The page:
Researchers have identified uric acid as a potential therapy to enhance recovery from acute ischemic stroke using a new method for conducting preclinical animal research. In the study, researchers from the National Institutes of Health’s Stroke Preclinical Assessment Network (SPAN)(link is external) rigorously tested the effectiveness of six novel therapies in reducing ischemic brain injury in rodents using strategies normally reserved for clinical studies in humans. The results suggest that uric acid warrants further investigation in additional studies, and potentially human clinical trials. The study was published in Science Translational Medicine(link is external).
Ischemic stroke, a leading cause of disability and death in the United States, occurs when a blood clot or other blockage in an artery cuts off blood supply to the brain. Current treatments are aimed at removing the clot by dissolving it with blood-thinners, surgically removing it from the blood vessel, or a combination of both.
Although these treatments help patients recover, scientists are seeking a therapy that could protect the brain from damage, known as a cerebroprotectant, that occurs before or during the restoration of blood flow. While previous preclinical studies in animals have identified numerous promising therapies, they failed to translate to human stroke patients in subsequent clinical trials. Many findings also did not replicate in other laboratories.
“We were faced with a critical need to redesign the entire preclinical approach,” said Francesca Bosetti, Ph.D., Pharm.D., program director at NINDS. “SPAN successfully applied well known clinical research practices to a preclinical trial—randomization, pre-determined sample sizes, treatment masking, blinded analysis, and efforts to make results reproducible in other laboratories.”
In the current study, six candidate therapies were selected based on prior research showing evidence that they could potentially treat stroke. Animals were randomly assigned to treatment and researchers from six different labs tested one of the therapies or a placebo. The efficacy of each treatment was assessed by giving animals a series of behavioral tests. After collecting these data, researchers used a new statistical method to evaluate the therapies at four points in the testing process. They also measured MRI brain scans of lesion volumes. Based on the test results, treatments that failed to show sufficient efficacy were dropped.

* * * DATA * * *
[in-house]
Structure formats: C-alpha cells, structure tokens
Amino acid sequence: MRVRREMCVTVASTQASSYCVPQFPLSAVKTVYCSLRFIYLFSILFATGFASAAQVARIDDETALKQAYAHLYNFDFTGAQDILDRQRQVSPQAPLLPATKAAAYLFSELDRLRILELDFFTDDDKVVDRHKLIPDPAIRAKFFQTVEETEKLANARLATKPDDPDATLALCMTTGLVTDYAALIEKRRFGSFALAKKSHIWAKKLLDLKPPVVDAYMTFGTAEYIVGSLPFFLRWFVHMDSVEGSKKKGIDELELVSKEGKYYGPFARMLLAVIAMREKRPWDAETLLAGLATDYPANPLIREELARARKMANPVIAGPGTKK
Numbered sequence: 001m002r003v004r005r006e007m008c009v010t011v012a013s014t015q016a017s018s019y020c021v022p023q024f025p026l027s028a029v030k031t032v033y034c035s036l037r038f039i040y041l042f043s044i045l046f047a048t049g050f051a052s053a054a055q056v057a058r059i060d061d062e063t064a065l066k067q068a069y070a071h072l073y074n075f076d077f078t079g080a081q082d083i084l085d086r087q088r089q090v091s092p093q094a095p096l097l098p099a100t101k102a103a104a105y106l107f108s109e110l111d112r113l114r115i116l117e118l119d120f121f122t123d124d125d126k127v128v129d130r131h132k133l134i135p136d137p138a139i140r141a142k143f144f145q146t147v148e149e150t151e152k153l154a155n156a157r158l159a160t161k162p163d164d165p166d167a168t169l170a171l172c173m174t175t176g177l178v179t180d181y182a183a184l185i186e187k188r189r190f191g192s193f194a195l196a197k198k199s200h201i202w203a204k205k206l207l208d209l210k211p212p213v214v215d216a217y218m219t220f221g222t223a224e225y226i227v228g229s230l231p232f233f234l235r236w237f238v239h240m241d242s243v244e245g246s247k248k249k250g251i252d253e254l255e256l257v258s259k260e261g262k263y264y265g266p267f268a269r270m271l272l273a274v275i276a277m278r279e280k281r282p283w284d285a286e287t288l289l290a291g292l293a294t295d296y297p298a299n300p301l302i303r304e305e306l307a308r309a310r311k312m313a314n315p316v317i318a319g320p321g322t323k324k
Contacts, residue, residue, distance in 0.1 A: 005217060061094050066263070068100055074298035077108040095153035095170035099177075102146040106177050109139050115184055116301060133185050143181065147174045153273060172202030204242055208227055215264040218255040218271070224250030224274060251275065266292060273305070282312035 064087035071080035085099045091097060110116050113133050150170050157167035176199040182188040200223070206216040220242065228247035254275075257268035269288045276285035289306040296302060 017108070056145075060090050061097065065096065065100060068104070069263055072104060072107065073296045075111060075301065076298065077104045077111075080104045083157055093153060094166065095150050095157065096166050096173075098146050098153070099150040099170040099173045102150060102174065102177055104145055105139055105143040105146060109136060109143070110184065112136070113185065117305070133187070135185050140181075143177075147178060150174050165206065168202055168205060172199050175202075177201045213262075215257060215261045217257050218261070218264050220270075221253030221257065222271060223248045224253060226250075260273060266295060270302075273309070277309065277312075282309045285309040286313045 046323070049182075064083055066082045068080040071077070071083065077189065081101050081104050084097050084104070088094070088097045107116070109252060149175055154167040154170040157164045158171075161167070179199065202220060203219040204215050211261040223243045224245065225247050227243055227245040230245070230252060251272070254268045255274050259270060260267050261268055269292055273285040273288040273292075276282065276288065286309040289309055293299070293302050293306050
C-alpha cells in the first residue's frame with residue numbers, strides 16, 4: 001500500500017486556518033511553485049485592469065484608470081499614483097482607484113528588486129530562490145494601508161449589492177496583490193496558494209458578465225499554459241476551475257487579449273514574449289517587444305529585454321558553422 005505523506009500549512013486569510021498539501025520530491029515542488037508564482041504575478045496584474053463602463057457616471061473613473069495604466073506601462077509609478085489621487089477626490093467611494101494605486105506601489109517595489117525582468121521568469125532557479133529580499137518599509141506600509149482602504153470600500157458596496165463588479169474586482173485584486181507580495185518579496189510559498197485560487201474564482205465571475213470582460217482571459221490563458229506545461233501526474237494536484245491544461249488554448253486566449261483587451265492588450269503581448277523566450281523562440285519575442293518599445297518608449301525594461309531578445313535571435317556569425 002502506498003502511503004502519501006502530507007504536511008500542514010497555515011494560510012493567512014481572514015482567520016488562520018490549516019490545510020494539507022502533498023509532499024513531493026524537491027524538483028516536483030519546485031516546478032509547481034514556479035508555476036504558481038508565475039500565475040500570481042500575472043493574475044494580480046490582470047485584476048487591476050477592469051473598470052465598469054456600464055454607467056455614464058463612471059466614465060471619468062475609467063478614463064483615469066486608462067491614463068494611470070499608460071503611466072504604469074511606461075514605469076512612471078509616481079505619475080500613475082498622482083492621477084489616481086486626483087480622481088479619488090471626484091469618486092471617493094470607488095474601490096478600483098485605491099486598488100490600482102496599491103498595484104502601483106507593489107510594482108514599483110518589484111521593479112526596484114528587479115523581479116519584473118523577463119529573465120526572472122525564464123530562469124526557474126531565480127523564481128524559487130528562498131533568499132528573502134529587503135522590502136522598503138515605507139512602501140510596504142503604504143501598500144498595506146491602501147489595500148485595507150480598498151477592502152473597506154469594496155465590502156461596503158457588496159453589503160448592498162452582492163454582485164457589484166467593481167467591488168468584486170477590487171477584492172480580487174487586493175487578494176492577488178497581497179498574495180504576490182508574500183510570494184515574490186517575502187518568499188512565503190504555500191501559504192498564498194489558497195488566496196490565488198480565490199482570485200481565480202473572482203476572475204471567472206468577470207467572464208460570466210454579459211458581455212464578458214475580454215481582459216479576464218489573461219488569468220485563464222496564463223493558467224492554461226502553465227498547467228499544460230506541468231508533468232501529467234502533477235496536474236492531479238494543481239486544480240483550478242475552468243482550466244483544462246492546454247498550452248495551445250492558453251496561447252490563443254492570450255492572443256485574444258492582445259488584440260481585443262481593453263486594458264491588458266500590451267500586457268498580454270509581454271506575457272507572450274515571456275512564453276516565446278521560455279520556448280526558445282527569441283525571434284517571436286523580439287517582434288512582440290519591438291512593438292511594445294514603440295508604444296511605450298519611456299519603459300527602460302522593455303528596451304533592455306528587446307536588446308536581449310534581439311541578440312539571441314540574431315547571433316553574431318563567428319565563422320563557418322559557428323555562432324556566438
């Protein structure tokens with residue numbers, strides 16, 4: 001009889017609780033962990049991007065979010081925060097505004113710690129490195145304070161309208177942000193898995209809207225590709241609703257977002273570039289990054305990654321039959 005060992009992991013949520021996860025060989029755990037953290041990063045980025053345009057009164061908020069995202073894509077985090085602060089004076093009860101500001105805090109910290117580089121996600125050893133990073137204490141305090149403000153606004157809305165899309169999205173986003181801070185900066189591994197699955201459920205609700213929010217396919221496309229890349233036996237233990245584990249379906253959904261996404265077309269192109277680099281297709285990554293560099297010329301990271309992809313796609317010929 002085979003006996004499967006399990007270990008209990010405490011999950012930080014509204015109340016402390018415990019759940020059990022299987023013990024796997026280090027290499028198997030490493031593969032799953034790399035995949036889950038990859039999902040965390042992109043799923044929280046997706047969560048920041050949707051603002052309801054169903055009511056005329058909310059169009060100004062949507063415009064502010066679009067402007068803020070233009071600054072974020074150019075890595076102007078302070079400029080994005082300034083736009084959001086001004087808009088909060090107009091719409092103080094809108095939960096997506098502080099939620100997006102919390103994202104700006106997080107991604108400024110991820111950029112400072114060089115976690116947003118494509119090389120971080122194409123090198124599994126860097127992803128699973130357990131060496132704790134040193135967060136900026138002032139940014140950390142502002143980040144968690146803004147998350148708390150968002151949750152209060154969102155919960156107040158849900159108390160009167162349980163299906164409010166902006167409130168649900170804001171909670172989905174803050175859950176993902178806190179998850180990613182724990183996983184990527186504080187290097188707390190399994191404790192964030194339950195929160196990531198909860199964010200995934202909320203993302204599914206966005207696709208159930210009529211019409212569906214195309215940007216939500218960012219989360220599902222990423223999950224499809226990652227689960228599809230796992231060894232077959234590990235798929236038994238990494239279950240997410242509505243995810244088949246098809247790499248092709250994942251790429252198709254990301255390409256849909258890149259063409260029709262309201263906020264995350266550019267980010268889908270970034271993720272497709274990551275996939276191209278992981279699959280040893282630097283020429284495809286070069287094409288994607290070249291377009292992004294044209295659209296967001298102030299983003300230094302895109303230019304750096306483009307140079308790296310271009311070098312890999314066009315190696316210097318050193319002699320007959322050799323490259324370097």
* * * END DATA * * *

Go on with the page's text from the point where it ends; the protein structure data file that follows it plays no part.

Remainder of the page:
In addition to incorporating scientific rigor into preclinical testing, researchers used animal models that resembled typical stroke patients. The study included young mice and rats, aging mice, mice with diet-induced obesity or hyperglycemia, and rats with spontaneous hypertension, with equal numbers of males and females.
“SPAN gives us a head start in screening lots of stroke therapies, and rapidly and efficiently finding drugs that have a higher likelihood of working in human clinical trials,” said Patrick D. Lyden, M.D., professor of physiology and neuroscience at the Zilkha Neurogenetic Institute and professor in the Department of Neurology at the USC Keck School of Medicine, Los Angeles, and principal investigator of the SPAN coordinating center.
Uric acid was the only candidate that passed the efficacy boundary through all phases of analysis. The other interventions, which included four drugs approved by the U.S. Food and Drug Administration to treat other conditions and remote ischemic conditioning, an experimental medical procedure, were dropped after the second or third evaluation.
Uric acid has previously been tested in stroke patients, but not in combination with the clot removal treatment modeled by the study, suggesting that the drug could do well in future trials. However, investigators recommend further testing in animal models before clinical trials in humans.
In the next research phase, which began earlier this year, the SPAN network will expand to include more testing sites and evaluate five additional cerebroprotective interventions.
“SPAN is a collaborative effort by many labs to document reproducible effects in animal models of stroke that mimic treatments in patients,” said Walter J. Koroshetz, M.D., director of NIH’s National Institute of Neurological Disorders and Stroke (NINDS), which funds SPAN. “We now have a feasible preclinical research method to help identify therapies with a higher chance of success in clinical trials.”
SPAN is composed of a coordinating center at the University of Southern California, Los Angeles, and six research laboratories at Johns Hopkins University, Baltimore; Massachusetts General Hospital, Boston, Yale University, New Haven, Connecticut; the Medical College of Georgia at Augusta University; the University of Iowa, Iowa City; and the University of Texas Health Science Center at Houston.
The study was supported in part by the NINDS (U24NS113452, U01NS113356, U01NS113443, U01NS113445, U01NS113388, U01NS113451,U01NS113444, R01NS099455, R01NS112511, R01NS110378, R01NS117565, R01NS102583, R01NS109910), the National Heart Lung and Blood Institute (R35HL139926), National Center for Advancing Translational Sciences (UL1TR001881), and the National Institute of Biomedical Imaging and Bioengineering (P41EB015922). Author Ryan P. Cabeen is supported in part the Chan Zuckerberg Initiative. Aging mice were provided by the National Institute of Aging’s aged rodent colonies.